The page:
eikonal equation


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eikonal equation

[ī′kōn·əl i‚kwā·zhən]
(physics)
An equation for propagation of electromagnetic or acoustic waves in a nonhomogeneous medium; it is valid only when the variation of the properties of the medium is small over the distance of a wavelength.
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It describes SIMD, shared memory, and distributed memory machine models; decomposition as a fundamental activity in parallel algorithmic design; key programming models; key concepts of performance analysis and optimization; and three case studies applying these concepts to the Single Shortest Path Problem, the Eikonal equation, and computation of the two-dimensional convex hull.
An approximate solution which is valid for short wavelengths is the eikonal equation (see, e.g., [22, 23]).
Equation (20) constitutes the eikonal equation [16,17] as well as the dispersion equation for propagation of waves in an inhomogeneous anisotropic media with [??] = [??] and may be written as:
As regards the scientific review, the eikonal equation is expressed, and some complex-valued solutions are defined corresponding to complex rays and caustics.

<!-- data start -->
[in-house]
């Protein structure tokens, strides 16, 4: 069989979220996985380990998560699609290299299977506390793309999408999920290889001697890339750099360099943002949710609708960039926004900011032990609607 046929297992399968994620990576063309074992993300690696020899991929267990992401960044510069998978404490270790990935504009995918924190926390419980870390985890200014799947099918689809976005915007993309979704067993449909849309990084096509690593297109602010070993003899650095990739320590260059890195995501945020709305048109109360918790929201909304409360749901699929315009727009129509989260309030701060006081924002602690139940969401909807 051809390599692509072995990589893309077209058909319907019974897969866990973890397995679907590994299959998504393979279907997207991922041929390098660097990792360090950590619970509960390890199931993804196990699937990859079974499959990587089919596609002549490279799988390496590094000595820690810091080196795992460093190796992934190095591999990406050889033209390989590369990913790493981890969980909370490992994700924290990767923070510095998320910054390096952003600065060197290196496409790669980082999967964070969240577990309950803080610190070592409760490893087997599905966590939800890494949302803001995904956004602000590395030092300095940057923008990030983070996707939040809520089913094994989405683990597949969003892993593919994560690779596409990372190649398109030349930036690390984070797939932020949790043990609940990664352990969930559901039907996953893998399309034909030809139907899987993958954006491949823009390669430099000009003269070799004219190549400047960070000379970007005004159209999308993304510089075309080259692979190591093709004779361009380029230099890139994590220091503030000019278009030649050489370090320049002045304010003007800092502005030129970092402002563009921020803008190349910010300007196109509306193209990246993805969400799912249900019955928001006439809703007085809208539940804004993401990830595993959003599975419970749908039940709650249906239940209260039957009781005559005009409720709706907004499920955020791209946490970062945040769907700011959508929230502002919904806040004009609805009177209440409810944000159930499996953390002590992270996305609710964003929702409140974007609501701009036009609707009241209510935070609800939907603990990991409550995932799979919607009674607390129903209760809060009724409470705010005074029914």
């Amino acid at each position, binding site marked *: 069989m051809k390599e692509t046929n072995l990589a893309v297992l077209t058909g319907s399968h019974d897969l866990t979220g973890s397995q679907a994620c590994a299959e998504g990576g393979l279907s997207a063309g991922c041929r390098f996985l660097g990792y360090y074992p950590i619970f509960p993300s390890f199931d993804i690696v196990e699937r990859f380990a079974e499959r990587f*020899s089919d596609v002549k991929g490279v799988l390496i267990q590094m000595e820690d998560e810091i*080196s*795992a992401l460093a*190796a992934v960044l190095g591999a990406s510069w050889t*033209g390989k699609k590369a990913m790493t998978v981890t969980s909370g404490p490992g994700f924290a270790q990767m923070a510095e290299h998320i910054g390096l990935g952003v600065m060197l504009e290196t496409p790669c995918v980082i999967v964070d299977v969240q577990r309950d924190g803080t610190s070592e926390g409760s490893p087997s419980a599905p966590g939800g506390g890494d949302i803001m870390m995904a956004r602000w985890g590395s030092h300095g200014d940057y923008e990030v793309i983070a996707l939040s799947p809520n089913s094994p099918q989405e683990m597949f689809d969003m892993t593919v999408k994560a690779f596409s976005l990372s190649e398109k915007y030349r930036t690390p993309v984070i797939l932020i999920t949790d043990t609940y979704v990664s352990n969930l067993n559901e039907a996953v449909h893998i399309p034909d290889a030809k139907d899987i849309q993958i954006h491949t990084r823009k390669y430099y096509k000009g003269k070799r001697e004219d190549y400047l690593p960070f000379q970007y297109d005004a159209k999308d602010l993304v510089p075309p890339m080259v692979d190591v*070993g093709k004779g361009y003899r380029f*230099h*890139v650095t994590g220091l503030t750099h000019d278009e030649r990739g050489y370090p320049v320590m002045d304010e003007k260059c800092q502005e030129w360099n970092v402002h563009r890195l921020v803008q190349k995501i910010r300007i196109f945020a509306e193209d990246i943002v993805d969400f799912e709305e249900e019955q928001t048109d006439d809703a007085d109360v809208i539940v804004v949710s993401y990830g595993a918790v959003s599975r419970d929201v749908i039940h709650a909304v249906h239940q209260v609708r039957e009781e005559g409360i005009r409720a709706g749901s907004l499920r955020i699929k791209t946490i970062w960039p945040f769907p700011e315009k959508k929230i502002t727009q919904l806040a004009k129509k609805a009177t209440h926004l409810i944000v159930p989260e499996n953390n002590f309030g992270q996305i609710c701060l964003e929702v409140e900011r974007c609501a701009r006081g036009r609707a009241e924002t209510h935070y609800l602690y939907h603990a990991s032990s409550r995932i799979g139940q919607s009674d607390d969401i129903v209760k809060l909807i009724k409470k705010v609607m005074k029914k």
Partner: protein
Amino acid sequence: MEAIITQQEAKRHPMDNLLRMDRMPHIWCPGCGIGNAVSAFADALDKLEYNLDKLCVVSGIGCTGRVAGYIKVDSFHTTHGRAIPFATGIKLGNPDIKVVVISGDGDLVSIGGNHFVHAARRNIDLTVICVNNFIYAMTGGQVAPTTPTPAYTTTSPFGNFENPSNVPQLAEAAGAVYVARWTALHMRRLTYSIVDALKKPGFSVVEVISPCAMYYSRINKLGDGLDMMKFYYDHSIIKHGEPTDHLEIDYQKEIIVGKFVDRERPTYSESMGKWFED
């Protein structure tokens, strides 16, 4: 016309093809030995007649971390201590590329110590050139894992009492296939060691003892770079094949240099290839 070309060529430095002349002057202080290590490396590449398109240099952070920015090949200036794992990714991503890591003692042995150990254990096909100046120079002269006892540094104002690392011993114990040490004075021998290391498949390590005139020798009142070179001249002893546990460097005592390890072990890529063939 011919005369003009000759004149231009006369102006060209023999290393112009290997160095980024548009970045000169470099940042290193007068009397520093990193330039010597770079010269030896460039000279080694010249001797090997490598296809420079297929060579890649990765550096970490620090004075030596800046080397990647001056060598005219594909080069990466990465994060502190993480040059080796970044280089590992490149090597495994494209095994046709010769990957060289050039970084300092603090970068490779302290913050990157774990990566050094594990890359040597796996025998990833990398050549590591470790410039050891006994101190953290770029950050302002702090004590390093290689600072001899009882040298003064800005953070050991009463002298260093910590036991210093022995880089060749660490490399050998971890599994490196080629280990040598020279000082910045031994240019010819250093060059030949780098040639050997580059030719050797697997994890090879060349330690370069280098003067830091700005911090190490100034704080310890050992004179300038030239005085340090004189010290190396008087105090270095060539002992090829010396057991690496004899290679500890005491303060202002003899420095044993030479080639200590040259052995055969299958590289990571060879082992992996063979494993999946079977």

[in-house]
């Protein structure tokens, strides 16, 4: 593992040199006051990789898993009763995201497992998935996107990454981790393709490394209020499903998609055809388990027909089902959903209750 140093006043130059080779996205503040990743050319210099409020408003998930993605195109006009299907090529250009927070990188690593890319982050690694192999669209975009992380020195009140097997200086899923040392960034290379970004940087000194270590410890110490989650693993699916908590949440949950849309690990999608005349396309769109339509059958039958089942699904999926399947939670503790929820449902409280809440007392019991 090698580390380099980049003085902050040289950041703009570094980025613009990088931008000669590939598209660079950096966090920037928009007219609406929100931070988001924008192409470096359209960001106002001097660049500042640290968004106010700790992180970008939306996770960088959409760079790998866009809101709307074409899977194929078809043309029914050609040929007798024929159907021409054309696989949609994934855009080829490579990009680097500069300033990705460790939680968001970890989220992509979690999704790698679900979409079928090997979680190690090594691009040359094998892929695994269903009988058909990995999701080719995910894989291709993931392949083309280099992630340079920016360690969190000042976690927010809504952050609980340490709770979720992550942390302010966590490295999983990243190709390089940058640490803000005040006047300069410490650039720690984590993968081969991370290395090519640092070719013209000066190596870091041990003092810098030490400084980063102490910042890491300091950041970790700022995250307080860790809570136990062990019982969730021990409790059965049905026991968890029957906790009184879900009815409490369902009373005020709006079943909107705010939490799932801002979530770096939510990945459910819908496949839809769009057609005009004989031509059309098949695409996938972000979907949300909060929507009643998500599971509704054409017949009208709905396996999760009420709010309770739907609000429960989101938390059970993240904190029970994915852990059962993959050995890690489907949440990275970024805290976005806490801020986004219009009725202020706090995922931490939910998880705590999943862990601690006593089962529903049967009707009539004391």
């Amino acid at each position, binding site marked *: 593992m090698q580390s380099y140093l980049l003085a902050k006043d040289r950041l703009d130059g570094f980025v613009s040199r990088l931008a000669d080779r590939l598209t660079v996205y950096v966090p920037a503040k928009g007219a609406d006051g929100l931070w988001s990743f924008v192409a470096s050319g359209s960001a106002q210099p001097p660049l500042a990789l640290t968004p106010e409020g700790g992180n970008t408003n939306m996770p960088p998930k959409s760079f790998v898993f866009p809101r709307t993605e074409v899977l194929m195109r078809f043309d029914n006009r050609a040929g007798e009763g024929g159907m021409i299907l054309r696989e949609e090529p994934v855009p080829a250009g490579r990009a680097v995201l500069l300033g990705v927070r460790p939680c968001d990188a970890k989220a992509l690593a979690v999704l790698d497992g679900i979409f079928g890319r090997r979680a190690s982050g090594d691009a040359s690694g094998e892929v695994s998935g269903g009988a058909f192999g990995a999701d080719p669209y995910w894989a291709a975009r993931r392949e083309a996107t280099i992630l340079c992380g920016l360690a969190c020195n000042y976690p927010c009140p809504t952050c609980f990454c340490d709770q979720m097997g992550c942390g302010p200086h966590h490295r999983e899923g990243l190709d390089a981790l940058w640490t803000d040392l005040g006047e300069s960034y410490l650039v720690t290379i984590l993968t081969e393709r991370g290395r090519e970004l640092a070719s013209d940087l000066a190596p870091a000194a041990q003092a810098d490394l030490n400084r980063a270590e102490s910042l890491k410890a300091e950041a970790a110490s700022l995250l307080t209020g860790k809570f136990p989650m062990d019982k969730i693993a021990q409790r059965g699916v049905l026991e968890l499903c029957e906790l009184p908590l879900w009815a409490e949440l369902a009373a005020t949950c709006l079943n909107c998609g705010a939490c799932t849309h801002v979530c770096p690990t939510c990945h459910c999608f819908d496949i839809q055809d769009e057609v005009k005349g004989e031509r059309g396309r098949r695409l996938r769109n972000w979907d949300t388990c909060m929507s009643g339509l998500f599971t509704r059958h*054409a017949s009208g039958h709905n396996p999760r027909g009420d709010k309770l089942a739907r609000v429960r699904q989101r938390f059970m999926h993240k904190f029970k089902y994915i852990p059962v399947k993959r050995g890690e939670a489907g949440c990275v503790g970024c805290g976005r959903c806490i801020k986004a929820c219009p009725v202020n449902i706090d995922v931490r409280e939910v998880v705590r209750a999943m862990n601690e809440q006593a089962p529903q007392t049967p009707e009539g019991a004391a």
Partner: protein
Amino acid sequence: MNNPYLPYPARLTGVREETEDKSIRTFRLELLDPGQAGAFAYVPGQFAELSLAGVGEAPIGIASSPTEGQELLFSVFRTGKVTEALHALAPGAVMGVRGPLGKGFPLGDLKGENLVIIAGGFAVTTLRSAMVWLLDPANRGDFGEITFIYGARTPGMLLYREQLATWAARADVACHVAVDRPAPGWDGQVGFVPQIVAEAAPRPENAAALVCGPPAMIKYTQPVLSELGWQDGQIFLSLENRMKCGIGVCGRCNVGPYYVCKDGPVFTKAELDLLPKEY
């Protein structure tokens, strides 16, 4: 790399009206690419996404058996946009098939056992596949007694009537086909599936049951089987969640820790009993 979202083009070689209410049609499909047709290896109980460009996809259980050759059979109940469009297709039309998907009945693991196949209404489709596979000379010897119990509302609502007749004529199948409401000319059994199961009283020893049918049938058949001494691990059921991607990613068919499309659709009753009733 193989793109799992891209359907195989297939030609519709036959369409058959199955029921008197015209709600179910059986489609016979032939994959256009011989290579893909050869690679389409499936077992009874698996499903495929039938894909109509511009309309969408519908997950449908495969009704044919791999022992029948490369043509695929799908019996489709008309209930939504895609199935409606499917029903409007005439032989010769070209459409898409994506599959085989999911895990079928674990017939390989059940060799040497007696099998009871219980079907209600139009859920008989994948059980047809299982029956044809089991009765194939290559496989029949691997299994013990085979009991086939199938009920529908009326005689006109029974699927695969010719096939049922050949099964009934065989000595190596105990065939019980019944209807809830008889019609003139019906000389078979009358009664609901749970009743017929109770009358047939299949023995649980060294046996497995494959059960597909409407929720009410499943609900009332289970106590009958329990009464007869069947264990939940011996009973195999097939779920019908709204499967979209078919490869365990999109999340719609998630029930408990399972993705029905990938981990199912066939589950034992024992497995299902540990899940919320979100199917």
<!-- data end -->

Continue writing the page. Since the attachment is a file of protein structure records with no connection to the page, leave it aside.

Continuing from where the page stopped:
The phase of the wave packet can be obtained from the corresponding eikonal equation, which can be solved numerically on the characteristics (rays).
Expressing the solution U(r) of wave equation in terms of well known Luneberg-Kline series yields Eikonal equation for phase s(r) and transport equation for amplitude.
It consists of iteratively solving the Eikonal equation (Eq.
(1982) (29) proved that the mild-slope equation includes the eikonal equation with diffraction effect and the energy conservation equation between two wave rays.
In [7], helix submanifolds in Euclidean space were studied by solving the Eikonal equation. The applications of constant angle surfaces in the theory of liquid crystals and of layered fluids were considered by P.
The eikonal equation. Waves move through [k.sub.i][dx.sub.i] = -d[PHI], where [k.sub.i] = - [delta][PHI]/[delta][x.sup.i] = (w/c , k), w is the frequency, k is the wavevector and [PHI] is called the eikonal.